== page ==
What the press has said
Elgar: The Dream of Gerontius Ripon Cathedral 21st March 2015
Joshua Ellicott Tenor
John Cunningham Bass-baritone
Ripon Choral Society & Orchestra D'Amici
John Dunford Conductor
This concert began with a warm tribute by the Dean to the memory of Philip Miles, conductor of Ripon Choral Society 1980-1997. Philip Miles conducted the choir in Dream of Gerontius in 1991 and so this
concert, attended by members of his family, was given as a thanksgiving for his outstanding
contribution to the musical life of Ripon.
'Gerontius' is everyman. John Henry Newman relates the peaceful dying of a devout man who is then
guided by an angel towards judgment, purgatory and the promise of glory.
For me Dream of Gerontius is the most accessible of Elgar's choral works, full of longing and stirring
tunes. Elgar speaks so much of England - it is difficult to say how or why - and yet in one of our finest
cathedrals Gerontius does express so much of all that is English.
In this performance special mention should be made of the viola and cello playing which features in
the introduction to parts one and two. Rich warmth of tone and careful attention to the conductor
shaped a yearning quality echoed by the whole orchestra throughout the evening.
Joshua Ellicott was an outstanding Gerontius. His ability to paint the meaning of the words took us to
the heart of both music and poetry. So much of Gerontius' part is as a soliloquy - as though singing as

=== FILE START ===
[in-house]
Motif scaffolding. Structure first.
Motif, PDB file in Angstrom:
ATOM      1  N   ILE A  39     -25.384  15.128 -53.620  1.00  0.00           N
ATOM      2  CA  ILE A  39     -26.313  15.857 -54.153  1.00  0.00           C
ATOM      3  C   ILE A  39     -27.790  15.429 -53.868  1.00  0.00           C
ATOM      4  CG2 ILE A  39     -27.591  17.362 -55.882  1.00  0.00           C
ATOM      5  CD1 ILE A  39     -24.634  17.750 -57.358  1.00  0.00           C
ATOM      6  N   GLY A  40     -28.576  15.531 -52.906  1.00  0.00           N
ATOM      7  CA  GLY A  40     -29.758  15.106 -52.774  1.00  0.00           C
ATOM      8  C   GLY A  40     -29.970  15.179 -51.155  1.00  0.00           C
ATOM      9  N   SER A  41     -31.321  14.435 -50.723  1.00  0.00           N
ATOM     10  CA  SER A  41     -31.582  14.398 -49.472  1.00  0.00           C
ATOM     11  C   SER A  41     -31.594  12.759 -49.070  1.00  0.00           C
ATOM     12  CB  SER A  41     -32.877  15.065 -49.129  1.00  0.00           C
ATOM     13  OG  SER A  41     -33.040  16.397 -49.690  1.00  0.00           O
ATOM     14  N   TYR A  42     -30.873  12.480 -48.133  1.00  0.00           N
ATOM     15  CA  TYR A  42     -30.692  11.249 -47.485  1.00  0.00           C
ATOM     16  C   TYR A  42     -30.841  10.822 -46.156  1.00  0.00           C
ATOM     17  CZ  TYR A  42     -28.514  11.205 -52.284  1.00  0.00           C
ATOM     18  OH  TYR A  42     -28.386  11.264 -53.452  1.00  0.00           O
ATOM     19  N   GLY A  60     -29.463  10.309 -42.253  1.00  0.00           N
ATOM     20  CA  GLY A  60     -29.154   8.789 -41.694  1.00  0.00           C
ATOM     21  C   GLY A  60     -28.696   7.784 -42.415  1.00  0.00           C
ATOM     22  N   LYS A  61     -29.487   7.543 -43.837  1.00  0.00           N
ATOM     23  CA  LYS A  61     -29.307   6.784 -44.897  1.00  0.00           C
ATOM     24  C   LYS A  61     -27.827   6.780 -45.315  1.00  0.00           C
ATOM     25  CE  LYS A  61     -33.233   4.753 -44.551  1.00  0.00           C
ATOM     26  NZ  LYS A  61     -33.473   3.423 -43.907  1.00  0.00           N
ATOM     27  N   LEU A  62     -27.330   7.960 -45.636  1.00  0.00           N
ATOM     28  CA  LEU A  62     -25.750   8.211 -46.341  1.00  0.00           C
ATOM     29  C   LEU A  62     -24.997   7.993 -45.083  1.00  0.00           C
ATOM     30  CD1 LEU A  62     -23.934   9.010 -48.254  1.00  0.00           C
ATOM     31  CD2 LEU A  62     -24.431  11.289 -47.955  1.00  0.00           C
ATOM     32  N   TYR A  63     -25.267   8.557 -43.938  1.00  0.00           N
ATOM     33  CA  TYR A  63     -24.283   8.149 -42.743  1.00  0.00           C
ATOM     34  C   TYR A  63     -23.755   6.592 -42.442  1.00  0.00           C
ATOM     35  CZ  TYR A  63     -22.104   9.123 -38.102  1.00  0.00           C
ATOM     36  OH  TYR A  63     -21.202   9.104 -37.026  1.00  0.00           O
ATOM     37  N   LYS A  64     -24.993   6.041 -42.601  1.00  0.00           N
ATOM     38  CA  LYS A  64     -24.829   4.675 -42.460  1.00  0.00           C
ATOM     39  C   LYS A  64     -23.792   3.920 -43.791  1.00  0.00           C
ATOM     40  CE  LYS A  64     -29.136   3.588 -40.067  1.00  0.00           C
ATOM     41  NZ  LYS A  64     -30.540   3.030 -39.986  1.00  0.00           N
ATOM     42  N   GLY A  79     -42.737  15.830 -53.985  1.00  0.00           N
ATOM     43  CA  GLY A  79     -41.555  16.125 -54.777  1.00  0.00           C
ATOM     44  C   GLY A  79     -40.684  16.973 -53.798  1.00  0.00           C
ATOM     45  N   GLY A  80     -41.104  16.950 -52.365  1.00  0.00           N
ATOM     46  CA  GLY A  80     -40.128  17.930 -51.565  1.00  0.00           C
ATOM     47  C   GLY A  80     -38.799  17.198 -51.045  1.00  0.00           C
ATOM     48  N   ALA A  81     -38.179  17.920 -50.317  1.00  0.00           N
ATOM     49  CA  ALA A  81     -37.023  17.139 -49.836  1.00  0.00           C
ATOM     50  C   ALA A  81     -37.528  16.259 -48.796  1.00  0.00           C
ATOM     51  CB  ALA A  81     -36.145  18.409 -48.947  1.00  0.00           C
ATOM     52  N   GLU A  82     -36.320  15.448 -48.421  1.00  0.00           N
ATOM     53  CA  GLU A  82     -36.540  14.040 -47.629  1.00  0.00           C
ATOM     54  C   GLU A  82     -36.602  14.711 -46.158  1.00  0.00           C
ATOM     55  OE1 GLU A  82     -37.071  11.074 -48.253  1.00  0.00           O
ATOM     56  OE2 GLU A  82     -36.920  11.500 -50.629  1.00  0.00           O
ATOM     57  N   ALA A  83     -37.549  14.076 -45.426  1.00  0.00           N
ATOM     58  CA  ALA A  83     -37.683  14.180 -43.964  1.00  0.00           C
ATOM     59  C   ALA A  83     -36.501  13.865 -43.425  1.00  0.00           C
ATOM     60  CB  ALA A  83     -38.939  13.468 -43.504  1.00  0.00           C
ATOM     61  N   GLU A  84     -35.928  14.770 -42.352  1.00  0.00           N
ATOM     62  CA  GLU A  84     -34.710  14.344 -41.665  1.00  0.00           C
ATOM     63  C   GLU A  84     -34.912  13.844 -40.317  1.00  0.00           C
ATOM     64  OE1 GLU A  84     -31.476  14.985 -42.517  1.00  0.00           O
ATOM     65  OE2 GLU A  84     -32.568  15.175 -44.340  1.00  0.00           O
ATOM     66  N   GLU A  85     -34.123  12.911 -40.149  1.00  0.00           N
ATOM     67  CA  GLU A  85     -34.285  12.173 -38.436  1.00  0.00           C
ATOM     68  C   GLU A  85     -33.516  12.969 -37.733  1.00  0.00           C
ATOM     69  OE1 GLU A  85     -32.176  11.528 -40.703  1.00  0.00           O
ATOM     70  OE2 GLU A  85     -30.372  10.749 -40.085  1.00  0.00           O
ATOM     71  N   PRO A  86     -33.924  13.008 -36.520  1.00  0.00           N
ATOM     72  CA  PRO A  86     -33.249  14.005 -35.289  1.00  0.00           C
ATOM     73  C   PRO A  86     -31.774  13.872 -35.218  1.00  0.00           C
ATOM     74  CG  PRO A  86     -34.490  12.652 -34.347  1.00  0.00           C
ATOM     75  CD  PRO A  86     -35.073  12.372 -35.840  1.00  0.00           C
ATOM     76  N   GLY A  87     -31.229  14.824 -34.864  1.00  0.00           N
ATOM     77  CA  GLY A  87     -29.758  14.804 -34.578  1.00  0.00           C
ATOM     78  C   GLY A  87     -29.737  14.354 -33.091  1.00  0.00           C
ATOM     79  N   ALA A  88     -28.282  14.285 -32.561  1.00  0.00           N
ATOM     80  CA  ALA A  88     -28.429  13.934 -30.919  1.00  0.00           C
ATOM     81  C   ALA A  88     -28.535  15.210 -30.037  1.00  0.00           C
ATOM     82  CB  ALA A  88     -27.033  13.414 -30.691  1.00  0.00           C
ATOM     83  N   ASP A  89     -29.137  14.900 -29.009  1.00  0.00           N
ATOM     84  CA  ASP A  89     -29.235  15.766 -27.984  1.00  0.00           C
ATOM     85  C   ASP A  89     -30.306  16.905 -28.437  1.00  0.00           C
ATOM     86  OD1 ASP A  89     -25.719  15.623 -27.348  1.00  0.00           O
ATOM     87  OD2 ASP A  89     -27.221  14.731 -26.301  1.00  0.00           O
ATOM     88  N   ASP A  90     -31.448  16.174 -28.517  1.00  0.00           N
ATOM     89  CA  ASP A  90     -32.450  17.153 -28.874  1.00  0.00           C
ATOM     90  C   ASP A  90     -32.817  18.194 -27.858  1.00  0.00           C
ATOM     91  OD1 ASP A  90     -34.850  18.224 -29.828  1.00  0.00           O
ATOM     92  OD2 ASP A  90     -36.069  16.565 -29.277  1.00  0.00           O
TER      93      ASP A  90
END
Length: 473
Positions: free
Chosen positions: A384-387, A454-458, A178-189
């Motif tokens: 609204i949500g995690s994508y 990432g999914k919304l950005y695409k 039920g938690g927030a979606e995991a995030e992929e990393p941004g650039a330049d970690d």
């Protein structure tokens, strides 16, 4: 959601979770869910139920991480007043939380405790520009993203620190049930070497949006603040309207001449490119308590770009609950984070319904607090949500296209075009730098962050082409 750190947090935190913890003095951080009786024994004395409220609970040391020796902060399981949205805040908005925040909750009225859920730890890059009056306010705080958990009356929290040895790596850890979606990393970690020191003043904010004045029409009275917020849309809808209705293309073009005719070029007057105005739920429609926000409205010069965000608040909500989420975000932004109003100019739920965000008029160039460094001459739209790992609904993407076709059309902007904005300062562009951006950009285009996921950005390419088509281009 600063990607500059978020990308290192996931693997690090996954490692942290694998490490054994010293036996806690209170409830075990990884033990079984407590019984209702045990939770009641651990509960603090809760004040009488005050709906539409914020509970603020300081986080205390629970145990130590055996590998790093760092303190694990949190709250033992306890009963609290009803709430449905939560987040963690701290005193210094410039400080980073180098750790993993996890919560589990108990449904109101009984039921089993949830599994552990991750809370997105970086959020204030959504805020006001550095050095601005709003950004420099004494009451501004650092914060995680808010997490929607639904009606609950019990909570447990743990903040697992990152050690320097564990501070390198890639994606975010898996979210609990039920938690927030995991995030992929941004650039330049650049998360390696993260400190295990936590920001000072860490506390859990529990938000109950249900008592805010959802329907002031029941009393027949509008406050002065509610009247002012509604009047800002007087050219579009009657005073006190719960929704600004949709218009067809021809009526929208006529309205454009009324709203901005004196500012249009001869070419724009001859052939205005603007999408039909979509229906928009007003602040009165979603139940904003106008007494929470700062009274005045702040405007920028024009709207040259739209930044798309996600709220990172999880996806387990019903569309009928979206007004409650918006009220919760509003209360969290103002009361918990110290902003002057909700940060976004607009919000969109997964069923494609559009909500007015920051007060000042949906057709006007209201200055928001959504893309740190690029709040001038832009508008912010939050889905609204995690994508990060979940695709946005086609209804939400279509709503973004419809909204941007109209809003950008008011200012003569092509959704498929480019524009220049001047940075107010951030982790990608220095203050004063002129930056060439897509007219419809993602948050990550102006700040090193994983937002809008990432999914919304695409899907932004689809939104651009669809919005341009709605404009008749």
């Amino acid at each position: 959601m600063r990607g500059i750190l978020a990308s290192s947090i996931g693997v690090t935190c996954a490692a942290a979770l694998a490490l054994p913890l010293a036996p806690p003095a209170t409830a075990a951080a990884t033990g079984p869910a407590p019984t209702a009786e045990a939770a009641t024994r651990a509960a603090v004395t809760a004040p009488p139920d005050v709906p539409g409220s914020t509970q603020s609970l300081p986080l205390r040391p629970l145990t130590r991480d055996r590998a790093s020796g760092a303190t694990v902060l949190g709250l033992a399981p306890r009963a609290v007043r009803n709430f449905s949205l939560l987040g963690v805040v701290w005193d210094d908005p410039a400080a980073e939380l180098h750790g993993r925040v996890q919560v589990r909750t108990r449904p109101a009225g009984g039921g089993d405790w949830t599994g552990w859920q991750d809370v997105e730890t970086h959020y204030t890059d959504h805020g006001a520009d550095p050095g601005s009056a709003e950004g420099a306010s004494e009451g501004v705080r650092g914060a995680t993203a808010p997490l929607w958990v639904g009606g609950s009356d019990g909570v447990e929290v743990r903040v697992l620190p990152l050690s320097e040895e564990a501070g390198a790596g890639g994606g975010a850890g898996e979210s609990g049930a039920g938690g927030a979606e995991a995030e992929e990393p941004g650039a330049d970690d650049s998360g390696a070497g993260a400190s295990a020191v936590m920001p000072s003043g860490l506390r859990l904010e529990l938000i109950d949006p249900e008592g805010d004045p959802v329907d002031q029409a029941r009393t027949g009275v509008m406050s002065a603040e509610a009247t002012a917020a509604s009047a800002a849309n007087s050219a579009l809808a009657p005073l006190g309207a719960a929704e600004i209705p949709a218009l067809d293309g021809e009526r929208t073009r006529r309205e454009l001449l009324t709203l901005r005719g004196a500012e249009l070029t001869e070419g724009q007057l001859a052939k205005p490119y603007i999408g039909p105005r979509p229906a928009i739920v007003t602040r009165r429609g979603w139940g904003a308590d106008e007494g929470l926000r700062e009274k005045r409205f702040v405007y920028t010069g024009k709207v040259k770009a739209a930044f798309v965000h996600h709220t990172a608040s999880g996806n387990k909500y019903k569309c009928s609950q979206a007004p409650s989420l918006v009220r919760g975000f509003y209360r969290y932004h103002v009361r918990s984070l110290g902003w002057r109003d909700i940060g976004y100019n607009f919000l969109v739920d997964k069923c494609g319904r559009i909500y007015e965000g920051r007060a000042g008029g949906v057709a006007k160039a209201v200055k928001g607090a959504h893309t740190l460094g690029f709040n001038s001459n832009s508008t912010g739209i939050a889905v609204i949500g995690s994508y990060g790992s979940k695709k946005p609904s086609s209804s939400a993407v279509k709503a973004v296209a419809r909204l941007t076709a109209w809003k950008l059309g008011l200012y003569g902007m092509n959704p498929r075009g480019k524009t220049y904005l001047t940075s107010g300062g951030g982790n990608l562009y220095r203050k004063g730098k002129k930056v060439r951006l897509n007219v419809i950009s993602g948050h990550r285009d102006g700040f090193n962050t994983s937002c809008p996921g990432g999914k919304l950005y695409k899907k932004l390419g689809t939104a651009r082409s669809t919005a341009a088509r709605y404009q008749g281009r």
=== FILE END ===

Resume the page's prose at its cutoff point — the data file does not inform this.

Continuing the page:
he thought and felt - an almost impossible feat brilliantly achieved by the soloist, sensitively
accompanied by Orchestra D'Amici.
Martha McLorinan sang the part of the Angel with commitment and feeling. More comfortable in the
Iower register than the notes at the top of the mezzo-soprano range she was nevertheless a
sympathetic guide to Ellicott's Gerontius. John Cunningham sang the priest and Angel of Agony
persuasively but with a degree of vibrato that was not always comfortable on the ear.
The stars of the evening (apart from Elgar!) were Ripon Choral Society. Their partnership with
conductor John Dunford is a marriage made in heaven. John Dunford brings the very best out of this
choir, which has been under his baton since 1997. The choir responds to his every gesture. You can
tell not only by the glorious sound they make by members' hawk-like watchfulness of their
conductor's every move. Ripon Choral Society now has an extraordinary range of expression and
colour demonstrated both in the quieter passages, for example as the Souls of Purgatory, and in the
exultant hymn, Praise to the Holiest in the Height. It is always a pleasure to review their concerts. It
must now surely be said that Ripon Choral Society is one of the best large choirs in the country.
Thank you for a glorious evening in memory of a previous great conductor. As Ripon choral society
aspires to ever new heights the words of the Dean at the beginning of the evening ring true, this
certainly was a Red Letter Day for Ripon and its cathedral.
With this performance of Benjamin Britten’s War Requiem, Ripon Choral Society came of age, now safe in the knowledge that they are among the elite of Yorkshire’s most famous choirs. Immaculate intonation, unlimited power, security, even in the most testing passages, must have left them delighted with their remarkable achievement... Yet the evening really belonged to the conductor, John Dunford, who has so honed the choir to this high standard, his unfussy direction shepherding them through the complexities.
David Denton, Yorkshire Post, April 2011 [Britten: War Requiem]